The subset can also include individuals with predementia Alzheimer's Disease who have attributes similar to those of the test individual. An individual with "predementia Alzheimer's Disease" does not have the dementia associated with Alzheimer's Disease, has a differential response following the administration of an agent which alters neuromuscular signalling, as described herein, and later develops the dementia associated with Alzheimer's Disease.

The extent or degree of the physiological response of the test individual following the administration of the agent which alters neuromuscular signalling is compared with the rate or extent of the physiological responses of the reference. A degree or extent of the physiological response in the test individual that is similar to the degree or extent of the physiological response of the appropriate reference is indicative of Alzheimer's Disease in the test individual. In the case where the test individual is otherwise asymptomatic of Alzheimer's Disease, a rate or extent of physiological response that is similar to a reference group of predementia Alzheimer's Disease individual's is indicative that the test individual has predementia Alzheimer's Disease.

In one aspect of the present invention, the extent or rate of physiological responses of individuals and their attributes are stored in a database. The database is searched to identify an appropriate reference for the test individual being assessed. In a preferred embodiment, the database is stored in a computer. The database is searched by a computer means for a subset of individuals (i.e., appropriate reference) having attributes similar to the test individual. The physiological responses for the subset and test individual are compared by computer means to determine whether the test individual has Alzheimer's Disease.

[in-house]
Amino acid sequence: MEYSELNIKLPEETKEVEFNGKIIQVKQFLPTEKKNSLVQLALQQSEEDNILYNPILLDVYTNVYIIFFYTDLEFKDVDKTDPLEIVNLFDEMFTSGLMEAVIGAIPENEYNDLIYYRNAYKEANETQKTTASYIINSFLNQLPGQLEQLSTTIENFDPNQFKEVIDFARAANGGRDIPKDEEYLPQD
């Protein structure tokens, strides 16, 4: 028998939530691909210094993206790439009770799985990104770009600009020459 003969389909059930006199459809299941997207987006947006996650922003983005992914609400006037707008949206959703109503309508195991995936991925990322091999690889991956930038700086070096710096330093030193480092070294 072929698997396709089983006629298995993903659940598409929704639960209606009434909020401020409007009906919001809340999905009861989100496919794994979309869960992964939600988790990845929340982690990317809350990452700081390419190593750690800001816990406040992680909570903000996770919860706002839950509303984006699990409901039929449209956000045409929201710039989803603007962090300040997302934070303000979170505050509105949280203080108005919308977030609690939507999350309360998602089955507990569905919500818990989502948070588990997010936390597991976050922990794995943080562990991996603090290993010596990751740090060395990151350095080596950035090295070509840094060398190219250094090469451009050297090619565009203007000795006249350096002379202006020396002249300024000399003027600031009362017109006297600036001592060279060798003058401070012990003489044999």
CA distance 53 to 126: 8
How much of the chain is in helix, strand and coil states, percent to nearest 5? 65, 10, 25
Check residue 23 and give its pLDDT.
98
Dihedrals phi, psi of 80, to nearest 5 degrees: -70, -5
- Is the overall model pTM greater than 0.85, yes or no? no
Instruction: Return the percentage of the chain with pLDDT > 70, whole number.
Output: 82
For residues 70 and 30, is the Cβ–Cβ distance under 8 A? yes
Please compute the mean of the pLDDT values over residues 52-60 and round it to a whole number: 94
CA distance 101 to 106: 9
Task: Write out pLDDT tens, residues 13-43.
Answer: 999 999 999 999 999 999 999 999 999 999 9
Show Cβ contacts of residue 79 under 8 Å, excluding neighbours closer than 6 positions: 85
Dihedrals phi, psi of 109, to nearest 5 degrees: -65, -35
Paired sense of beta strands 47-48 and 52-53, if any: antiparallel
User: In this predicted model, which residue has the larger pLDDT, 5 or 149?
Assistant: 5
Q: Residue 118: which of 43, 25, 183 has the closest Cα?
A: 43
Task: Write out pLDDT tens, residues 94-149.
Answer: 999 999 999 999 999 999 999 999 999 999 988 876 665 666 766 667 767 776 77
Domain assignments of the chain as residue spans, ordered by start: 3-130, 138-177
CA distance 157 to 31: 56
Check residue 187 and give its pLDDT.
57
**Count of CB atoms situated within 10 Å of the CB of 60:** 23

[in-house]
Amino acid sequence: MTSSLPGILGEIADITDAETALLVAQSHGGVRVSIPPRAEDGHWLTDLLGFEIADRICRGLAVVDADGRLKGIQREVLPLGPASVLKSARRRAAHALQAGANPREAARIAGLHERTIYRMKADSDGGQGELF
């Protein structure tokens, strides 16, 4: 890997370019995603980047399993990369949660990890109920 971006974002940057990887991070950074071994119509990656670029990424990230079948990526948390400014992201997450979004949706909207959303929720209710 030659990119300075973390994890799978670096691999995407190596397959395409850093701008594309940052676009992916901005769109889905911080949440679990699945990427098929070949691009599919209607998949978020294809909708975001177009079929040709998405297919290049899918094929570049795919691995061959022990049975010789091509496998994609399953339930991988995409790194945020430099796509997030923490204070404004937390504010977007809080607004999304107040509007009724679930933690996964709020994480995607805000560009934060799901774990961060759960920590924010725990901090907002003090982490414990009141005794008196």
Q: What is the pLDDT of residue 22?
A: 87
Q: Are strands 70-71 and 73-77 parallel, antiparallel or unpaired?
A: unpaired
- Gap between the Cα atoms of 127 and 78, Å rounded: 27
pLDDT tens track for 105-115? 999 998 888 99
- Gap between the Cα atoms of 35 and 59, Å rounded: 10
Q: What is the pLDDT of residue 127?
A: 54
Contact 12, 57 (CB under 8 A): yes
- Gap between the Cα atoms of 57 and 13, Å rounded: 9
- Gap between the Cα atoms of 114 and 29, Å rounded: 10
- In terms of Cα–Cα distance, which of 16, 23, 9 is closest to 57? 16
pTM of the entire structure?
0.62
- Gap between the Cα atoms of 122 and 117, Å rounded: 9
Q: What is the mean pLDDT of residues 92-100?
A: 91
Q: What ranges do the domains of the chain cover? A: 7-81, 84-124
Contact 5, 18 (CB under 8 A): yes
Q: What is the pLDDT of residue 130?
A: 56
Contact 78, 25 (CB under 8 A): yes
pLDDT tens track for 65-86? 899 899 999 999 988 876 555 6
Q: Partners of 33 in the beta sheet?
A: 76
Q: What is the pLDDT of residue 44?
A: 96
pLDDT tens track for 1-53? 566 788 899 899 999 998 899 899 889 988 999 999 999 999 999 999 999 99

An agent which alters neuromuscular signalling in an individual with Alzheimer's Disease can be tested for its suitability for use in diagnosing Alzheimer's Disease by identifying a physiological response which this agent modulates or affects. The agent is then administered to an individual with Alzheimer's Disease and to a control individual (i.e., an individual without Alzheimer's Disease) in an amount suitable to alter the physiological response in the control individual. The physiological response is then assessed in the control individual and in the individual with Alzheimer's Disease. When the degree or extent of the physiological response in the individual with Alzheimer's Disease is found to differ (i.e. is greater or lesser than the response in the control individual), the agent is suitable for use in diagnosing Alzheimer's Disease. It is to be understood that it is not always possible to predict whether the physiological response will be greater in the individual with Alzheimer's Disease than in the control individual or lesser. It is even possible that certain physiological responses observed in individuals with Alzheimer's Disease will not be evident in control individuals. Whether the physiological response is greater or lesser is unimportant. What is significant is the fact that Alzheimer's Disease also causes changes in areas of the body besides the brain. These changes are manifested by physiological responses that differ in magnitude from those which occur in normal individuals following the administration of agents which alter the neuromuscular signalling that controls the responses. The important factor for the methods of the present invention is that these differential physiological responses can be identified, detected and, optionally, quantitated.